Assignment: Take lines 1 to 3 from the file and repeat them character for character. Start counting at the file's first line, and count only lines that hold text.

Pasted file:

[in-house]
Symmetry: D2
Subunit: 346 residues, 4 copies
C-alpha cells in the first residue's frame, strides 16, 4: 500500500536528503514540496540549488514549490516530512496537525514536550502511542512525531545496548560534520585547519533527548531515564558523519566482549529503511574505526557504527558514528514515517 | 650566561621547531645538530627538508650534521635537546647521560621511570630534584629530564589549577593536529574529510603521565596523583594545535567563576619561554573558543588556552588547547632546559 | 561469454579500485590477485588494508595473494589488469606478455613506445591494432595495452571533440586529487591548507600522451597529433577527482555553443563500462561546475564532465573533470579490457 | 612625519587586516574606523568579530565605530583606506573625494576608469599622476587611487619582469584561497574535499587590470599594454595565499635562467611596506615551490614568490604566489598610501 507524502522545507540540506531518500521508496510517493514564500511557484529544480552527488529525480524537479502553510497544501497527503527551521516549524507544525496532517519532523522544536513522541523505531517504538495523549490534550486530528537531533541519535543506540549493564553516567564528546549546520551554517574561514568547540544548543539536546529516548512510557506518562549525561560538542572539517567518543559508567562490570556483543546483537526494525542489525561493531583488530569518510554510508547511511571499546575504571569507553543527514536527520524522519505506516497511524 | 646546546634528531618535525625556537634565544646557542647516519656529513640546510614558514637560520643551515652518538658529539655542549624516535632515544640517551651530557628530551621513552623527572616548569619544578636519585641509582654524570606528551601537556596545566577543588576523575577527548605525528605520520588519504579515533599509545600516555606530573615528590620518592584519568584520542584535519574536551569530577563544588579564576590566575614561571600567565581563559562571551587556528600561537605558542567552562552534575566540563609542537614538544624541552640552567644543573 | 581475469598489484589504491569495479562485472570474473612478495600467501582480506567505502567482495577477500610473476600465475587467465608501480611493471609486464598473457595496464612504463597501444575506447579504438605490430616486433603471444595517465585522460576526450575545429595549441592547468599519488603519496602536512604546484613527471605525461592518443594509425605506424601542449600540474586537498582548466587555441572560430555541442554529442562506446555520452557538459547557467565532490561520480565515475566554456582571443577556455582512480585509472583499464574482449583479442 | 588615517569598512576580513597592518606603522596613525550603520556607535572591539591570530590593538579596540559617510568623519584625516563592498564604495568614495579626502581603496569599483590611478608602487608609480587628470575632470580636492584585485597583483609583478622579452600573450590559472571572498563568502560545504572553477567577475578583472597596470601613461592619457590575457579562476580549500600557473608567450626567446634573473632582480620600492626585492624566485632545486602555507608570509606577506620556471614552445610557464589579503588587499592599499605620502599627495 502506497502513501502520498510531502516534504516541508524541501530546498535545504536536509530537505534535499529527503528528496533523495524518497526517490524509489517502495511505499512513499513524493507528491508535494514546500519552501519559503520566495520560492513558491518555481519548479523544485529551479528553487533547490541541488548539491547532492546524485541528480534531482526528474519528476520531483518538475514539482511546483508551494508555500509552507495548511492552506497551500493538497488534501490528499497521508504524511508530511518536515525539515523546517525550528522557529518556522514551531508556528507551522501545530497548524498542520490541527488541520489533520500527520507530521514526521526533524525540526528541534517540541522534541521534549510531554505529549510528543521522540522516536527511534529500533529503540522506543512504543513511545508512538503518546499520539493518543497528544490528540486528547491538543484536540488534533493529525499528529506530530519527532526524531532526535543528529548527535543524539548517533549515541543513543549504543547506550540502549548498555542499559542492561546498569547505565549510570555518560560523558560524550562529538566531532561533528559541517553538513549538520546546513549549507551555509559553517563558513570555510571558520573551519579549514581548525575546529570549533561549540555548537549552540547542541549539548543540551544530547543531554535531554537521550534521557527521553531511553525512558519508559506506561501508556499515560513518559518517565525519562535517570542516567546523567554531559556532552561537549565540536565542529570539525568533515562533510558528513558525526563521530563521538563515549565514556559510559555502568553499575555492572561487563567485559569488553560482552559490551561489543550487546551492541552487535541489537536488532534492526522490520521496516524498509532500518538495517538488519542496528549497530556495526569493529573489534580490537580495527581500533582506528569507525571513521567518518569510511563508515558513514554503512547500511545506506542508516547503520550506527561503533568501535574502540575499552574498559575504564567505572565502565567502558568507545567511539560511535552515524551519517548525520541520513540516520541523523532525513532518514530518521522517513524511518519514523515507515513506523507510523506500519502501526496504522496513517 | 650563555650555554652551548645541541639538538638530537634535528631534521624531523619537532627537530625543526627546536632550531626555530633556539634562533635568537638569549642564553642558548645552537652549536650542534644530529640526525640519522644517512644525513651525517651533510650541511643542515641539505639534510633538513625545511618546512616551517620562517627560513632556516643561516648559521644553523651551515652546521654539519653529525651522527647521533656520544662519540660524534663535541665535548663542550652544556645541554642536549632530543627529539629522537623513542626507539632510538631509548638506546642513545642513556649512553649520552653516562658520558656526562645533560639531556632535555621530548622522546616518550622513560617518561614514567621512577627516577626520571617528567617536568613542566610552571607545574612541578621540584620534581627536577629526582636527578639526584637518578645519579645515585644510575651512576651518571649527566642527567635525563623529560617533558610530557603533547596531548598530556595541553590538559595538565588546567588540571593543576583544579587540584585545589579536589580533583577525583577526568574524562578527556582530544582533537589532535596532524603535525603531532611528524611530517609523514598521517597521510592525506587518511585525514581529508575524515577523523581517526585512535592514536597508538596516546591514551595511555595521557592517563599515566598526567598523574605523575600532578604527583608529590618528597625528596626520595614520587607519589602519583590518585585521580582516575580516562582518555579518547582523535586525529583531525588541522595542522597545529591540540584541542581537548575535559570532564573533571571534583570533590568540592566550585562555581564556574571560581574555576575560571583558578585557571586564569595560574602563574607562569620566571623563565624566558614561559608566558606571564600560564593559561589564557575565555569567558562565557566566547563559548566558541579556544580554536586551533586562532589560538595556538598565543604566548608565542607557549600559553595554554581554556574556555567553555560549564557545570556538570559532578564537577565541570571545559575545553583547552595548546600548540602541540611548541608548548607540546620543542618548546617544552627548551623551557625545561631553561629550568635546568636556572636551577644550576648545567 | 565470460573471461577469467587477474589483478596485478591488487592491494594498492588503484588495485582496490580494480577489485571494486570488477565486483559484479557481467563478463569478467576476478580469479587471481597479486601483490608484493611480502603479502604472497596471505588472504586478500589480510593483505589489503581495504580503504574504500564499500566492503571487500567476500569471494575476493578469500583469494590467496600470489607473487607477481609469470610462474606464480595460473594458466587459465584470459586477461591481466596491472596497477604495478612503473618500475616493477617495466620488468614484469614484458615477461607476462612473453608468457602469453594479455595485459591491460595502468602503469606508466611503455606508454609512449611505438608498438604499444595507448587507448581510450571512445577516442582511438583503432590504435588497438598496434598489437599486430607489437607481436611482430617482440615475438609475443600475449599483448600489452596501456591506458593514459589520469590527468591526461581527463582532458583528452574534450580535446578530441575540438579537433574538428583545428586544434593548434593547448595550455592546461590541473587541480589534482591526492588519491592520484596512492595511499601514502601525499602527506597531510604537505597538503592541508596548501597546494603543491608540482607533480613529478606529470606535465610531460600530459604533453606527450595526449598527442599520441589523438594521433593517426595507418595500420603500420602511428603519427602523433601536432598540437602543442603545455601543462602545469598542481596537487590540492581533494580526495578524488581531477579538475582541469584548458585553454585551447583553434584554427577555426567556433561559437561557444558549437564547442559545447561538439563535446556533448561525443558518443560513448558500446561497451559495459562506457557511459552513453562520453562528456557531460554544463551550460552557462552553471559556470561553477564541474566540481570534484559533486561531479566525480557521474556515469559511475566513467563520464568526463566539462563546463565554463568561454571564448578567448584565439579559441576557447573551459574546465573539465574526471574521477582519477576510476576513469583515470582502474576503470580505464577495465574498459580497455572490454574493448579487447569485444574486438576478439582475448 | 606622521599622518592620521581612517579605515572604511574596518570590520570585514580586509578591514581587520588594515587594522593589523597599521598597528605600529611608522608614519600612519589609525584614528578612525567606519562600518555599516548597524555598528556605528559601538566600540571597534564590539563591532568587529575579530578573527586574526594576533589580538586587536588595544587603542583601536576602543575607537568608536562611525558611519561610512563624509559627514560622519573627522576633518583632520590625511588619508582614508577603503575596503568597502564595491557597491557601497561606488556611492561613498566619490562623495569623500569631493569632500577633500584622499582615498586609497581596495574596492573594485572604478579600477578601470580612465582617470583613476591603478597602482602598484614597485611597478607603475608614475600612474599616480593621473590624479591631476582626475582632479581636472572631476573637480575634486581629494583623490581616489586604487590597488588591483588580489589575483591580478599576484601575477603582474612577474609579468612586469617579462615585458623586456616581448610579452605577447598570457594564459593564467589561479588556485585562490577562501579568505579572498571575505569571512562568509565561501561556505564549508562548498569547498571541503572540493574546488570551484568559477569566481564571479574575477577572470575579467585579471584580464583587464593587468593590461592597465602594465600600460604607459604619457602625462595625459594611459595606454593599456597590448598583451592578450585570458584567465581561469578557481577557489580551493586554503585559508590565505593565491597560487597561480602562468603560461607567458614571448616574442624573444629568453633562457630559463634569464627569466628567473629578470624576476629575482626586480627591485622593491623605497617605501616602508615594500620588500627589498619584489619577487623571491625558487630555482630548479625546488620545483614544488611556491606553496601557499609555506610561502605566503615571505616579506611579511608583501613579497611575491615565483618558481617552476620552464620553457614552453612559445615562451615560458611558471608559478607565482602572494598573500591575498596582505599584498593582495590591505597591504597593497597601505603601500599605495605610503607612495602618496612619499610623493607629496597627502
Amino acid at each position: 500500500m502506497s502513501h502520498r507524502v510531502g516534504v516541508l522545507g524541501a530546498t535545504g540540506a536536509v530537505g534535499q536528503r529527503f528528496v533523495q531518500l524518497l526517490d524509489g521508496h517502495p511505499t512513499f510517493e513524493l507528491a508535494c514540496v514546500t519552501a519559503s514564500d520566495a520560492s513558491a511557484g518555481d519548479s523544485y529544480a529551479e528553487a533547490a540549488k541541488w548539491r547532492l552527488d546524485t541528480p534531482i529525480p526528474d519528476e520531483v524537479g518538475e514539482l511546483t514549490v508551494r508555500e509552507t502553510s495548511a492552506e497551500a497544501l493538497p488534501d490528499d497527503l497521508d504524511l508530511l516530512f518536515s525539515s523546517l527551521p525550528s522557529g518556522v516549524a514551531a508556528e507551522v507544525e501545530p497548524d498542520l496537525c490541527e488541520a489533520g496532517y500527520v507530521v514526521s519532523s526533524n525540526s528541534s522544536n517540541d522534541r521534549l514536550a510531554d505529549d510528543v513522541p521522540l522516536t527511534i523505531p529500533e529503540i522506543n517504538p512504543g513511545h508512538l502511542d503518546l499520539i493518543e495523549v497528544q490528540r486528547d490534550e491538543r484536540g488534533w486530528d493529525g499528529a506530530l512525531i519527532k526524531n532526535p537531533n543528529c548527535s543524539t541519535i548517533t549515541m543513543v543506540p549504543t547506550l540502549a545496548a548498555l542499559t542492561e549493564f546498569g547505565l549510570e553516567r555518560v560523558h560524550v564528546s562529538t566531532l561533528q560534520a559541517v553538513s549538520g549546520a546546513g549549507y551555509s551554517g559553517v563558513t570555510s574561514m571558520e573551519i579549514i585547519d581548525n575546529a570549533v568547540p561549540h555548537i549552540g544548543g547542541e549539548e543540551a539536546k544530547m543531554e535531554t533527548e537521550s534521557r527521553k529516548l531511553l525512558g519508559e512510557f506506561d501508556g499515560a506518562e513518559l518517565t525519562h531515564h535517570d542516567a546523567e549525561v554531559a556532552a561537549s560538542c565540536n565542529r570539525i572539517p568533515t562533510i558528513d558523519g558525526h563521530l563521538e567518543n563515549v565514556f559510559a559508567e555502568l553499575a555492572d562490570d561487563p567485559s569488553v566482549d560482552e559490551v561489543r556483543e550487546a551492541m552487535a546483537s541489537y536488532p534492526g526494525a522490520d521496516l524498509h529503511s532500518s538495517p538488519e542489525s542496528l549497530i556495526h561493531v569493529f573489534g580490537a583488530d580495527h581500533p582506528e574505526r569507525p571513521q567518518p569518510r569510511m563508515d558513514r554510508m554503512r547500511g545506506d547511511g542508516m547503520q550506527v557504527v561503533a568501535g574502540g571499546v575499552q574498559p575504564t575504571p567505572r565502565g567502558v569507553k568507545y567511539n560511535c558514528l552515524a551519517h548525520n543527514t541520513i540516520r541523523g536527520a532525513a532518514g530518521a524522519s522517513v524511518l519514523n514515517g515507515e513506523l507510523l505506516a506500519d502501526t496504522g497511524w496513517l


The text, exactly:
[in-house]
Symmetry: D2
Subunit: 346 residues, 4 copies